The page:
14 14© Copyright 2012 EMC Corporation. All rights reserved. What is next? Efficiency Tracking incident false positive rate based on Threat Intelligence source – Assign confidence values to sources – Feedback to source vendor Correlating alerts across multiple data sources to add contextual elements to Incident record – When alert from DNS fires check proxy / firewall logs for contextual data and add to Incident

15 15© Copyright 2012 EMC Corporation. All rights reserved. What is next? Harvesting IoCs Malware Intelligence Program – Leverages Yara, VirusTotal, Cuckoo, Internal DB – Search for new samples of specific Threat Actor tools each night and programmatically extract IoCs Passive DNS – Internally generated and commercial – Used to pivot on known IoCs to find more

16 16© Copyright 2012 EMC Corporation. All rights reserved. Lessons Learned Threat Intel quality varies widely – Get some samples before signing the contract – Ask your peers Threat Intel requires manual data entry – Amount is proportional to # of sources – This is improving, more support for standards Threat Intel will likely require custom coding – Portal/DB, workflow integration, federation/sharing

17 17© Copyright 2012 EMC Corporation. All rights reserved. Lessons Learned Organizational Maturity required – Threat Intel isn’t the silver bullet Need to manage expectations – Expensive Both in $$$ and human capital – Requires constant care and feeding New vendor offerings, quality of data – Doesn’t always produce tangible results No hits today. Intel failure or nothing going on?

18 18© Copyright 2012 EMC Corporation. All rights reserved.

19 19© Copyright 2012 EMC Corporation. All rights reserved. Pervasive Monitoring Call to Action: What kind of Internet does society want? –Vulnerable to Attacks or –Secure for all users? –Bruce Schneier My question to you: How will the FIRST community respond?

20 20© Copyright 2012 EMC Corporation. All rights reserved. Who is Sharing Data? What is Useful? Small & Medium Organizations Deploying security technologies with expectation of threat mitigation Large Organizations Deploying security technologies with expectation of threat mitigation Participating in multiple sharing groups Receiving multiple threat intelligence feeds Analysis Center Analysis for industry focused or other sharing groups National CSIRTs providing information to government, critical infrastructure, etc. Internet Service Providers performing analysis, eliminating/mitigating threats Problem specific analysis groups targeting focused threats (analysis & mitigation) Increasing Impact Potential! Increasing Impact Potential! Hidden from user Hidden & Exposed to User Malware IODEF/RID eCrime Use case/user group specific STIX ARF OpenIOC Extensions Etc. Evolved by problem owner, may include multiple complimentary schemas or ones specific to the problem.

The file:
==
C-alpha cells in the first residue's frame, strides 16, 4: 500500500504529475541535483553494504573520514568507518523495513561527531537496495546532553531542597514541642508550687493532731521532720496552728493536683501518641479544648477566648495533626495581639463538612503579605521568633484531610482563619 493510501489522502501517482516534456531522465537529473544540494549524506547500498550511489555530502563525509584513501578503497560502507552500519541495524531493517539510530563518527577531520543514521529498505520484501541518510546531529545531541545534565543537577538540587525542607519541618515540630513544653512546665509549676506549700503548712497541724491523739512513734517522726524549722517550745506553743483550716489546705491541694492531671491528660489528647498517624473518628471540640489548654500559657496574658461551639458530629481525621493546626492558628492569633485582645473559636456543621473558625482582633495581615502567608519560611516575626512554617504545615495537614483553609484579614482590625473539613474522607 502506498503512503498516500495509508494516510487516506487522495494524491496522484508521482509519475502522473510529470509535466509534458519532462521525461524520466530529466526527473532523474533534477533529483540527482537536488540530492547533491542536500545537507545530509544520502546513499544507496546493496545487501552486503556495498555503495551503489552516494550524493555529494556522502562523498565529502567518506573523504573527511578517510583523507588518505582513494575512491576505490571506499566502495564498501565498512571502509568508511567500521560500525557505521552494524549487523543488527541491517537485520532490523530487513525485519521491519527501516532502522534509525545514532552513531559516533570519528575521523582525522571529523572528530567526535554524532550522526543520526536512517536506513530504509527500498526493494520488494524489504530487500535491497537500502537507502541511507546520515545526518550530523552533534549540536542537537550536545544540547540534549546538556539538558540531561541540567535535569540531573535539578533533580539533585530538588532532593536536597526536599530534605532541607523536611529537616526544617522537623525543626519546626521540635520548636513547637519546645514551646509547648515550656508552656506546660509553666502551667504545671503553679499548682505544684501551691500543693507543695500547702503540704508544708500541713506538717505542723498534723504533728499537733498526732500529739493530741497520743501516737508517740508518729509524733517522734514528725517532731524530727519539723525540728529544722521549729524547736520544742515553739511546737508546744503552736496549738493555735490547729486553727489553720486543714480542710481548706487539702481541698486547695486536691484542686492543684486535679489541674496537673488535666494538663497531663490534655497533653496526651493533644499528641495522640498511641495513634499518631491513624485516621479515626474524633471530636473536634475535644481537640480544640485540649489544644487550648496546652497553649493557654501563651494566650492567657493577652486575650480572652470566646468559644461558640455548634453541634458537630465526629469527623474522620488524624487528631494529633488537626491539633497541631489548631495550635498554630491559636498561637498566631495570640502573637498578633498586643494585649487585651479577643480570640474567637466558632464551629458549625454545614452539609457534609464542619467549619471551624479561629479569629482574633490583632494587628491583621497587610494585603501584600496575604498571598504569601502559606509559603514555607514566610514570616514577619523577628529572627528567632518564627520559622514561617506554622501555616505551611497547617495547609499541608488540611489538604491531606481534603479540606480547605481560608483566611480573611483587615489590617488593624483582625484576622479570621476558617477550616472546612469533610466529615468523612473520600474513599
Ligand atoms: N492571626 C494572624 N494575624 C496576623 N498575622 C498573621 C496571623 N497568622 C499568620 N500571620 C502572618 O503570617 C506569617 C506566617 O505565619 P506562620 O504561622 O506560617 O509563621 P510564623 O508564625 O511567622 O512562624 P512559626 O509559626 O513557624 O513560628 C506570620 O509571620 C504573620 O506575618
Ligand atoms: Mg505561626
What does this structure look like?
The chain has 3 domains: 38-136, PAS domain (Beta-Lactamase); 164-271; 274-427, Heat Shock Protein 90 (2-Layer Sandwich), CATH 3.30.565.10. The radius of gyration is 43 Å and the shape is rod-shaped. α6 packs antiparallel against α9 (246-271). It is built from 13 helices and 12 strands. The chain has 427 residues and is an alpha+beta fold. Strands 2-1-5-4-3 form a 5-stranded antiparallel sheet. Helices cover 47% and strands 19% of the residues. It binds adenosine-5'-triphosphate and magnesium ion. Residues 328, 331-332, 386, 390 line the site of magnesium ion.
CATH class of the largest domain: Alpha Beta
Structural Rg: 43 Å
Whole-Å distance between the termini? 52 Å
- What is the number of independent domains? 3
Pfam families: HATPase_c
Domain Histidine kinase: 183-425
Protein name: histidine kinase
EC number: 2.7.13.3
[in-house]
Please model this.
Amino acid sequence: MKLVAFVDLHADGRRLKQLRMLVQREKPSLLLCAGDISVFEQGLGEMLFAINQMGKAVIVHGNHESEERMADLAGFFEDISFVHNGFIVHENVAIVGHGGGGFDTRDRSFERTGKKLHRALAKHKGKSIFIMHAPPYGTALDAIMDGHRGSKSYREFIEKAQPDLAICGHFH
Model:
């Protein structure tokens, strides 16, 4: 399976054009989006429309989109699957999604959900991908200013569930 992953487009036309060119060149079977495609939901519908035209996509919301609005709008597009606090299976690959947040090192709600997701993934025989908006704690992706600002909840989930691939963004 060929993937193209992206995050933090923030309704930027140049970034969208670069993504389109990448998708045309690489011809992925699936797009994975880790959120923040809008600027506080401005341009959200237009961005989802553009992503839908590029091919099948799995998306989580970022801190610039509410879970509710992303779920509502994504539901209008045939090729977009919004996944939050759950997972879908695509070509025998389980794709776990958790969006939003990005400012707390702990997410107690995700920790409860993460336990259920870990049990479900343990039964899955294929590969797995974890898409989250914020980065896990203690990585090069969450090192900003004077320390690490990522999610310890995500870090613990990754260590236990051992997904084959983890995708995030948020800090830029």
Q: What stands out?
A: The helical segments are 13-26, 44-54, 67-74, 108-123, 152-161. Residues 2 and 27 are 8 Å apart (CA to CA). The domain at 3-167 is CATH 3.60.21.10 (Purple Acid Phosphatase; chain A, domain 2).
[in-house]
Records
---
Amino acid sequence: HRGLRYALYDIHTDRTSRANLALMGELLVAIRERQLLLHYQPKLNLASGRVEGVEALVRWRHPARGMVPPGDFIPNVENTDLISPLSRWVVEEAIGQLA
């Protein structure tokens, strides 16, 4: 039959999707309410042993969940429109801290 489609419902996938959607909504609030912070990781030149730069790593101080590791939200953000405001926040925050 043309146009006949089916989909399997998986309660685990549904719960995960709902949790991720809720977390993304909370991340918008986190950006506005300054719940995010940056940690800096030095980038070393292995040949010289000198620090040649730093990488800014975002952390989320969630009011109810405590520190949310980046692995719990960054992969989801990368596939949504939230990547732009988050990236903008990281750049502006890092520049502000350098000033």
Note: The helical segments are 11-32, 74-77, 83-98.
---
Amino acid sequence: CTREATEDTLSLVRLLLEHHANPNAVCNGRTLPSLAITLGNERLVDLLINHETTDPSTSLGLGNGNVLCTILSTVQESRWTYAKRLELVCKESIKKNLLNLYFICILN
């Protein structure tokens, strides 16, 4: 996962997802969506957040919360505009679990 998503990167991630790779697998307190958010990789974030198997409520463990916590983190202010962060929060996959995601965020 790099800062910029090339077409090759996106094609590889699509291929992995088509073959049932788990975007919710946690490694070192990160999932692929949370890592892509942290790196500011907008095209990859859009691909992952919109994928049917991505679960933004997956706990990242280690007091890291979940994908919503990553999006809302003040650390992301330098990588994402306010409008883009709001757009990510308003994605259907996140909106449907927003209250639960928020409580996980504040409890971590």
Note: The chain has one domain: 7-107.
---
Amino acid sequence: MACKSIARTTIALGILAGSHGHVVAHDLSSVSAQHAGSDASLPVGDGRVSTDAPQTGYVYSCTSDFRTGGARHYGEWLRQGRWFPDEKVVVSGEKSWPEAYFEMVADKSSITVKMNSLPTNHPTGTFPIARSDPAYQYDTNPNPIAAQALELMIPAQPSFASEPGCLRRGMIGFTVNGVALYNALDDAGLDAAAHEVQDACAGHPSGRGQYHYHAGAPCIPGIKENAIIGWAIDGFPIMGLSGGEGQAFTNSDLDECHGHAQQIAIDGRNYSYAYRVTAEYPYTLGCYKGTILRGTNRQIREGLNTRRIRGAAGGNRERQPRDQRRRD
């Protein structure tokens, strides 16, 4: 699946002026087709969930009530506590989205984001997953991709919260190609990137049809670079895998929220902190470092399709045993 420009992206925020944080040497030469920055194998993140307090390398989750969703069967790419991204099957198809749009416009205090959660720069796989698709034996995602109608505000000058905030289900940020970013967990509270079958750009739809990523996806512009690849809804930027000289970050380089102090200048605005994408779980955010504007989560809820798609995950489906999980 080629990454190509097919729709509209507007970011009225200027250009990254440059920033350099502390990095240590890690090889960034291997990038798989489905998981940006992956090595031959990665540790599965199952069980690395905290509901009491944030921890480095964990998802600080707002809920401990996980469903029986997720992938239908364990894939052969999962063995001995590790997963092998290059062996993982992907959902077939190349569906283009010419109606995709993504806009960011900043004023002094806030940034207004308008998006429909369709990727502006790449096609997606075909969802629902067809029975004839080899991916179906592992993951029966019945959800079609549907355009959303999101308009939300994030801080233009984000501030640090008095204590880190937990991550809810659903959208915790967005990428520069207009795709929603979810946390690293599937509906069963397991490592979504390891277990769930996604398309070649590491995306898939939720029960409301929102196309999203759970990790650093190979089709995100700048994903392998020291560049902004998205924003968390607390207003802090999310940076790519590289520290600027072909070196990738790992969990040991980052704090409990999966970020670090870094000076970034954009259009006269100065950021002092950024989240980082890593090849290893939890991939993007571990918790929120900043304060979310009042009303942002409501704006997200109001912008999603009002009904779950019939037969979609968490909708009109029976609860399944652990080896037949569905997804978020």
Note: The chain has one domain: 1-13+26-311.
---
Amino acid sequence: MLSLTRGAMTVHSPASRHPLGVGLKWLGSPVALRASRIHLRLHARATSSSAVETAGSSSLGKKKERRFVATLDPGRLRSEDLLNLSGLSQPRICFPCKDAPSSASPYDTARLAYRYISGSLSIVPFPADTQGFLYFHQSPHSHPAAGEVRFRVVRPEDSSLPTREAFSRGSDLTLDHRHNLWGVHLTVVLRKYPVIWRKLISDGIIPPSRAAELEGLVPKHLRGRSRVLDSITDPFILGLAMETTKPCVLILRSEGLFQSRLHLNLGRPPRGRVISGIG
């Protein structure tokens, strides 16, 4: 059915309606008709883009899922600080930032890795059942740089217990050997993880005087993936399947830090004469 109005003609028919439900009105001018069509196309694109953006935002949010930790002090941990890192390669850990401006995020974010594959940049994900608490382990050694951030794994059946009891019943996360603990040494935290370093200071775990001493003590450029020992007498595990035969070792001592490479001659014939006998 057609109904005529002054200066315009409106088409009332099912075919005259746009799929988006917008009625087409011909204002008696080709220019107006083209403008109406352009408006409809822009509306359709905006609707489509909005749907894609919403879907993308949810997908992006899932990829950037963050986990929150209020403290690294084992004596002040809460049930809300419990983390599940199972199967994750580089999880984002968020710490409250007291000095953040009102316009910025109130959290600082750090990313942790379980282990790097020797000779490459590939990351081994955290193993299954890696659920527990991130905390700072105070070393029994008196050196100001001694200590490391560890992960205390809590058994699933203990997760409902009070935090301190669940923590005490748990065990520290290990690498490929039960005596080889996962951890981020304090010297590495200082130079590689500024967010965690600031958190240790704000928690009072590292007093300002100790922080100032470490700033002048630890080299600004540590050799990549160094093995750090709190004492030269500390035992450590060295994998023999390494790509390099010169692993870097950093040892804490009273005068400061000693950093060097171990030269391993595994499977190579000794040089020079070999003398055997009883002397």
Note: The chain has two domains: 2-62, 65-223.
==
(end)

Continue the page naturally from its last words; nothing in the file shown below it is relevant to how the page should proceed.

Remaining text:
21 21© Copyright 2012 EMC Corporation. All rights reserved. Use Case Driven Adoption One Size Does Not Fit All Shared threat intelligence must be: –Directed: Intelligence received must be relevant to the organization –Actionable: Intelligence must identify an immediate and active security response that mitigates the risk –Automated: Remediation based on intelligence must NOT impact the user experience Small & Medium Organizations Large Organizations Vendors Consortiums/ Alliances Operators ISACs Law Enforcement IODEF/ RID STIX/TAXII CIF OpenIOC CSV Proprietary VERIS

22 22© Copyright 2012 EMC Corporation. All rights reserved. Achieving Interoperability Rough Consensus and Running Code - Interoperability  Simplicity –“Complexity is the Enemy of Security” –Options often eliminated to achieve interoperability  Re-use –Determine requirements and evaluate appropriate solutions –Use existing protocols where appropriate  Reviews –Find problems that prevent interoperability –Working group experts in specific problem set –Area specific reviews: ▪Security, Transport, Routing, Application (internationalization, XML, etc.), General

23 23© Copyright 2012 EMC Corporation. All rights reserved. Transport Requirements Exchange of structured data formats  End-to-end encryption  Access controls  Publish/subscribe  Federation  Integration with existing tools  Interoperability between implementations –Reduce options, ideally do what makes sense to meet requirements –Consider long term support and maintenance of specification or standard and open source implementations –Availability of open source implementations  Transport should not be specific to a data format  Flexible for multiple types of connections –Point-to-point –Multi-point